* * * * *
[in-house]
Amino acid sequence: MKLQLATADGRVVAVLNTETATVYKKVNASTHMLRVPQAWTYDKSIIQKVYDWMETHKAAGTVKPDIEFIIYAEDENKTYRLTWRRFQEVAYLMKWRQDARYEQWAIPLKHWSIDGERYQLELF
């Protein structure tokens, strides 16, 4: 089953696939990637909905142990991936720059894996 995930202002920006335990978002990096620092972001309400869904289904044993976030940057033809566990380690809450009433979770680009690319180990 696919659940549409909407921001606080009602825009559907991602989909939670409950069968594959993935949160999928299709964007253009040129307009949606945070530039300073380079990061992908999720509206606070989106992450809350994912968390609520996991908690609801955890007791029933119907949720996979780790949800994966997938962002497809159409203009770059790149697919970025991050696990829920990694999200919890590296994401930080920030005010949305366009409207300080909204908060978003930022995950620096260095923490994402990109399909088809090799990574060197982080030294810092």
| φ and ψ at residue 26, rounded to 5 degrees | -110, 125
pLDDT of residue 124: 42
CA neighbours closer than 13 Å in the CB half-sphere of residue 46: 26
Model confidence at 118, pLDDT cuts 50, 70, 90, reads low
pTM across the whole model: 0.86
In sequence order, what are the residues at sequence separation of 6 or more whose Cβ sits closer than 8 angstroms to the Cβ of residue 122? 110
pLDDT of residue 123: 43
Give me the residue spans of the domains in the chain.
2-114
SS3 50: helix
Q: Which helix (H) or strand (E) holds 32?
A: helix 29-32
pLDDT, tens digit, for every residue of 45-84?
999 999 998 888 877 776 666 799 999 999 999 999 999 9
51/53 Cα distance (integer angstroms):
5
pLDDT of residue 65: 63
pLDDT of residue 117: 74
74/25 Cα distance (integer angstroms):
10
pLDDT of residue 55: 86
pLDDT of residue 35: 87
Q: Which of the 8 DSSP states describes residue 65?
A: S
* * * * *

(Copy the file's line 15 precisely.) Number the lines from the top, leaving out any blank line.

A: helix 29-32